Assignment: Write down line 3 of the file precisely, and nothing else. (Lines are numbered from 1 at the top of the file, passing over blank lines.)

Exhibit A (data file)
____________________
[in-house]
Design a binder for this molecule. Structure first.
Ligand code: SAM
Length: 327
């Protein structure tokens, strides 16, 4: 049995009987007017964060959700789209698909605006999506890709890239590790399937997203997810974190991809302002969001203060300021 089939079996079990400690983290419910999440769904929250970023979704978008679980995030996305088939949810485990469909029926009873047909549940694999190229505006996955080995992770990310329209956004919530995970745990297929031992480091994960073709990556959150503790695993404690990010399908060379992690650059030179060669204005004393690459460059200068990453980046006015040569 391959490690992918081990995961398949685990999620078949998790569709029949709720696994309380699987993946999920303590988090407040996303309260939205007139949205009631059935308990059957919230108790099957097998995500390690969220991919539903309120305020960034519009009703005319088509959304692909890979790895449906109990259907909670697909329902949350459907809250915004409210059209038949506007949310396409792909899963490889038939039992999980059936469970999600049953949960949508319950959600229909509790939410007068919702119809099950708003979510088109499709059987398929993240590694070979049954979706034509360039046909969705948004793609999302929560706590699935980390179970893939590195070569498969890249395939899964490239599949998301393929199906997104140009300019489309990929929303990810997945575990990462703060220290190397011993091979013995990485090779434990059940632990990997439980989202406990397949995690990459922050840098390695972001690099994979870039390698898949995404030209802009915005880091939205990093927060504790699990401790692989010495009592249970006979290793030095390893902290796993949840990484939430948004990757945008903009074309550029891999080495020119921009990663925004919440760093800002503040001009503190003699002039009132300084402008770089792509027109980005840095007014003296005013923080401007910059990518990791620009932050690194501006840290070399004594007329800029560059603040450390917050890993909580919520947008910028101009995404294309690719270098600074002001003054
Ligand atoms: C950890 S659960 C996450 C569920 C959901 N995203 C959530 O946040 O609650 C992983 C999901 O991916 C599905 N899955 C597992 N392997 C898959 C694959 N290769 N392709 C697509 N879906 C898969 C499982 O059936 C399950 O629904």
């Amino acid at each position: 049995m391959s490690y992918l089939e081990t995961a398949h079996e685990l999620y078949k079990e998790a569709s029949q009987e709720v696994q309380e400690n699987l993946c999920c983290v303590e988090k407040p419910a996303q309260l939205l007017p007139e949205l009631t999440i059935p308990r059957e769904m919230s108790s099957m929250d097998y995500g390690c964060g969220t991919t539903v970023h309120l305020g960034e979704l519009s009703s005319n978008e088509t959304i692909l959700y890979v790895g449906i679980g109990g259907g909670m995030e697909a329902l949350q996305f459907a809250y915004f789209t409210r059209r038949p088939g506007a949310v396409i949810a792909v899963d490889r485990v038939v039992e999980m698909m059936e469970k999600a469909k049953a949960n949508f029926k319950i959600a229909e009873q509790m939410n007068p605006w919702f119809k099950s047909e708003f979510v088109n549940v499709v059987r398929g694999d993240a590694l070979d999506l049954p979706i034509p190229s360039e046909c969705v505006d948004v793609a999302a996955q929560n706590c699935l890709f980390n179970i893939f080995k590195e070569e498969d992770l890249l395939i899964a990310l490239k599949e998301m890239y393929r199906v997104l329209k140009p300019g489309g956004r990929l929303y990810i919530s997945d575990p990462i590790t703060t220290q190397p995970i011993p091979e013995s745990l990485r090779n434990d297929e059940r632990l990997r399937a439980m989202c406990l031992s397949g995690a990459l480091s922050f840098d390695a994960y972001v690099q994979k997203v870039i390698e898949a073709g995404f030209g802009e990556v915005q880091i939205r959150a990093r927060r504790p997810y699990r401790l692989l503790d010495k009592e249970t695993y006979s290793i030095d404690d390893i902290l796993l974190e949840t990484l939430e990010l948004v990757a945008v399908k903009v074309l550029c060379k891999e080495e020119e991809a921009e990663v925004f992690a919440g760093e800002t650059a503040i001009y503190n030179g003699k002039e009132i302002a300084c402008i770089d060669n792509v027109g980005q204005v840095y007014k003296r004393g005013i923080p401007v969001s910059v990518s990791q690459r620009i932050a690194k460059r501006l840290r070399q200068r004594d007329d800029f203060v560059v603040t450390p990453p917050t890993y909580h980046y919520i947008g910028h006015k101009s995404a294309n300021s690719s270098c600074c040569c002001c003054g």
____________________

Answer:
Ligand code: SAM